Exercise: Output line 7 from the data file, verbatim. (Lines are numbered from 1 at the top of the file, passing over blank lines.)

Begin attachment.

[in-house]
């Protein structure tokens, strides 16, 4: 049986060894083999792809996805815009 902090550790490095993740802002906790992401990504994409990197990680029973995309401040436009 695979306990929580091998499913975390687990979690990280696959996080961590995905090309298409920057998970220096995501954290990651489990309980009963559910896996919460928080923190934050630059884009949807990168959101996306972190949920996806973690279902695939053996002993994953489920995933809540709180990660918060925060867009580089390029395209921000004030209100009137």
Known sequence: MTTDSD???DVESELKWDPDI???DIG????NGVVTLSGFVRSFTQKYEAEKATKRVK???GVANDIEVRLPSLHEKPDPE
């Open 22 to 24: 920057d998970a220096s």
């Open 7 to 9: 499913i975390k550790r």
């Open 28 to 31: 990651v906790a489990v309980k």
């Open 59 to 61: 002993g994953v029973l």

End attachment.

């Open 59 to 61: 002993g994953v029973l």